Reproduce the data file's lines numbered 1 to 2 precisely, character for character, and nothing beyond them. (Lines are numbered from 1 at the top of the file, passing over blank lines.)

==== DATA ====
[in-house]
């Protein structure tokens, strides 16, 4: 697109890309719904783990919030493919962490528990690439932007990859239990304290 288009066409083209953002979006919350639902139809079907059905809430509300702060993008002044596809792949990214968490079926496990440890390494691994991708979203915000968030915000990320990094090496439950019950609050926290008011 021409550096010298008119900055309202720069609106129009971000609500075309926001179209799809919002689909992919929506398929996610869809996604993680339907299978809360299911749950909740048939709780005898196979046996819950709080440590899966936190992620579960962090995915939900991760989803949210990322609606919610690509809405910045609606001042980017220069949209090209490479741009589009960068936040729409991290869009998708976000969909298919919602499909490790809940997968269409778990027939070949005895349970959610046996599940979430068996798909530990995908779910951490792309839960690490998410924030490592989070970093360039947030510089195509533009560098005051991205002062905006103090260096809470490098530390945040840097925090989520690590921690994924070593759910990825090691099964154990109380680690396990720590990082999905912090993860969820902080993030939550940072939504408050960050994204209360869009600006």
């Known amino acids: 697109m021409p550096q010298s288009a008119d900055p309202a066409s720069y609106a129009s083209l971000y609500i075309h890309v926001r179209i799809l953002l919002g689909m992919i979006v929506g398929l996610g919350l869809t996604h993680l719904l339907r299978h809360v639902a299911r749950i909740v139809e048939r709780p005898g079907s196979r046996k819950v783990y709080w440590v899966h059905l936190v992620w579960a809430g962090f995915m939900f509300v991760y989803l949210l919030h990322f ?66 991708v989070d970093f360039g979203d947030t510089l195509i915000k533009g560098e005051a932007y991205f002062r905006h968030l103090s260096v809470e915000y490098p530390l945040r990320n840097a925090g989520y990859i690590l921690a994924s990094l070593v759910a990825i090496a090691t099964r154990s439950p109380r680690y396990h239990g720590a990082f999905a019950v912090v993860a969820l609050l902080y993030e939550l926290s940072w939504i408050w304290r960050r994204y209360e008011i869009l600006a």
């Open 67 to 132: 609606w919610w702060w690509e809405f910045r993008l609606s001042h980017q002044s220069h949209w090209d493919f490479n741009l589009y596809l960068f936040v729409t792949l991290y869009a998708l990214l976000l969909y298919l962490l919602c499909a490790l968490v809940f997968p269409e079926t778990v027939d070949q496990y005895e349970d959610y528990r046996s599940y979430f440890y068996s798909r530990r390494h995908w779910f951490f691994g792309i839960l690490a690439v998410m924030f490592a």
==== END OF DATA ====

[in-house]
């Protein structure tokens, strides 16, 4: 697109890309719904783990919030493919962490528990690439932007990859239990304290 288009066409083209953002979006919350639902139809079907059905809430509300702060993008002044596809792949990214968490079926496990440890390494691994991708979203915000968030915000990320990094090496439950019950609050926290008011 021409550096010298008119900055309202720069609106129009971000609500075309926001179209799809919002689909992919929506398929996610869809996604993680339907299978809360299911749950909740048939709780005898196979046996819950709080440590899966936190992620579960962090995915939900991760989803949210990322609606919610690509809405910045609606001042980017220069949209090209490479741009589009960068936040729409991290869009998708976000969909298919919602499909490790809940997968269409778990027939070949005895349970959610046996599940979430068996798909530990995908779910951490792309839960690490998410924030490592989070970093360039947030510089195509533009560098005051991205002062905006103090260096809470490098530390945040840097925090989520690590921690994924070593759910990825090691099964154990109380680690396990720590990082999905912090993860969820902080993030939550940072939504408050960050994204209360869009600006």